Senators worry about cost of finding long-dead U.S. warriors

McClatchy Washington BureauAugust 1, 2013 


The remains of six airmen in Spooky 21 shot down over Laos are interred in a single casket at Arlington Cemetery, in Arlington, Virginia. The men were lost December 24, 1965, and their remains were finally recovered in 2010 and 2011. They were buried with full military honors at Arlington.


— A Senate subcommittee review Thursday of the military commands that oversee finding and bringing home the remains of long-lost troops made it clear there are deep problems.

The process is poor. The results are lacking. The infighting among those involved was likened to “the bickering of 5-year-olds” by Sen. Claire McCaskill, D-Mo., chairwoman of the Senate subcommittee on Financial and Contracting Oversight.

Described by all as a “sacred duty,” committee member Sen. Kelly Ayotte, R-N.H., said pointedly: “Those who have made the ultimate sacrifice, and their families, deserve better.”

Scouring the globe for missing service members is expensive.

In 2012, the budget for searching for the remains of the estimated 83,000 U.S. military service personnel who vanished during overseas operations from World War II through the Korean, Vietnam and Cold wars grew by $50 million to $132 million. Over the last five years, total funding has hit about $500 million. Congress approved the additional money for remains recovery to increase the pace of identifications from about 72 a year to 200 a year by 2015, a goal that those who head the efforts said was “probably unrealistic.”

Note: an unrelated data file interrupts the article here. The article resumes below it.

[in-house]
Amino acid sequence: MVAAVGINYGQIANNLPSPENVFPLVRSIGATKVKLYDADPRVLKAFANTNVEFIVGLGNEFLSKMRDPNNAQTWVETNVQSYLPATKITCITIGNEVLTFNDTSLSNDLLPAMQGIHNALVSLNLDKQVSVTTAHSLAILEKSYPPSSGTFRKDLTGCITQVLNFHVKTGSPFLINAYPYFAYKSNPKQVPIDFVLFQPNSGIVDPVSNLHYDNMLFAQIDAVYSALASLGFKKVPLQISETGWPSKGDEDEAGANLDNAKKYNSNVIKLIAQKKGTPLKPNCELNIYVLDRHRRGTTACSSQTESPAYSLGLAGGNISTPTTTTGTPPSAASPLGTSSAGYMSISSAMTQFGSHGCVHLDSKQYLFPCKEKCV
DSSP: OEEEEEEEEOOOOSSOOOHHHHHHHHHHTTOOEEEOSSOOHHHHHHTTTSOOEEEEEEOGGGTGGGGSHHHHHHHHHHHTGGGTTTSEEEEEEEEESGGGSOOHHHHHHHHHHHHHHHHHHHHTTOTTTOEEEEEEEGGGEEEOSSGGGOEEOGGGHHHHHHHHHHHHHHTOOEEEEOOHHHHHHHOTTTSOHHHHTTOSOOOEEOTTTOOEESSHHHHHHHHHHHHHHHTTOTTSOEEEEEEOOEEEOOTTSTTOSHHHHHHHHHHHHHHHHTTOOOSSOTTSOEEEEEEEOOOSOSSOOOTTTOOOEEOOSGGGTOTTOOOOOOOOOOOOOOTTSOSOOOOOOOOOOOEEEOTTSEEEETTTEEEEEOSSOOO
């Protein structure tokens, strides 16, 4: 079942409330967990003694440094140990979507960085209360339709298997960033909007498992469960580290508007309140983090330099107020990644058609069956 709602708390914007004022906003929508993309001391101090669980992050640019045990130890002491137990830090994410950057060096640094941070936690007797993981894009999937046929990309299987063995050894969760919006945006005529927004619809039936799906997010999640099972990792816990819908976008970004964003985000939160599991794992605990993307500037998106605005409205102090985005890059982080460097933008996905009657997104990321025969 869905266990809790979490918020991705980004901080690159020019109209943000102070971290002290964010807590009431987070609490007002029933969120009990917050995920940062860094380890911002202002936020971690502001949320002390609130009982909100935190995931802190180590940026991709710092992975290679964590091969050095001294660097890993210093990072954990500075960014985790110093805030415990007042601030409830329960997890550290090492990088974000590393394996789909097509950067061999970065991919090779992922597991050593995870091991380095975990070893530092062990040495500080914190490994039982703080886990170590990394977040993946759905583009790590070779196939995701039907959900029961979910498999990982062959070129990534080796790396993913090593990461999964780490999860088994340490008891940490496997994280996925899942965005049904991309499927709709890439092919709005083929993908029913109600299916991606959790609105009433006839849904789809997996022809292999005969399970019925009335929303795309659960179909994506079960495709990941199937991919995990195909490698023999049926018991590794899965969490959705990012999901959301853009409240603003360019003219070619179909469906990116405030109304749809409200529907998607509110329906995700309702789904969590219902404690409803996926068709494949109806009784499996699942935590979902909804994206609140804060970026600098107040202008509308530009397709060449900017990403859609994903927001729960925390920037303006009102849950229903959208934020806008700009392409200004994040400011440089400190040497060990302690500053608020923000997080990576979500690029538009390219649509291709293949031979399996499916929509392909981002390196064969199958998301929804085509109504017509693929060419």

Maj. Gen. Kelly McKeague, who heads the Joint POW-MIA Accounting Command, or JPAC, instead said realistic increases would be about 10 percent a year, raising the total to about 120 a year within five years.

In response, McCaskill warned: “In the current fiscal environment, the gentlemen must understand that if the results don’t improve, the money will go away.”

McCaskill and Ayotte focused on the estimated 40,000 of the missing who “vanished in deep water during World War II.” Officials from the commands appeared to agree that families of those who died at sea deserved to know the fate of their loved ones. But retired Maj. Gen. W. Montague Winfield, head of the Defense Prisoner of War/Missing Personnel Office, noted that each person who vanished at sea needed a separate case and a separate investigation that made a seemingly simple process become unavoidably time consuming.

Recent news reports focused on an internal report that called the Joint POW/MIA Accounting Command “acutely dysfunctional” and in risk of “total collapse.” That report was suppressed by the former head of JPAC before it was leaked to the Associated Press, and McCaskill said that the points it raised were worrying. But she added that she had been contacted by enough people from the commands about that report that she had come to believe it was more a symptom of a greater problem than an expose of problems within the organizations. McCaskill said it appeared the report was called for by one command in order to make others look bad.

The heads of JPAC and the Defense Prisoner of War/Missing Personnel Office, however, stressed that in recent months they have talked to coordinate efforts on a daily basis.

McCaskill advised the commanders that they should return next time with concrete answers or “get used to this room,” as there would be more and more hearings on how to fix the process.

“We cannot put a price tag on this mission,” McCaskill said. “But we can and must ensure that hundreds of millions of taxpayer dollars are being spent as efficiently and effectively as possible.” Twitter: @mattschodcnews

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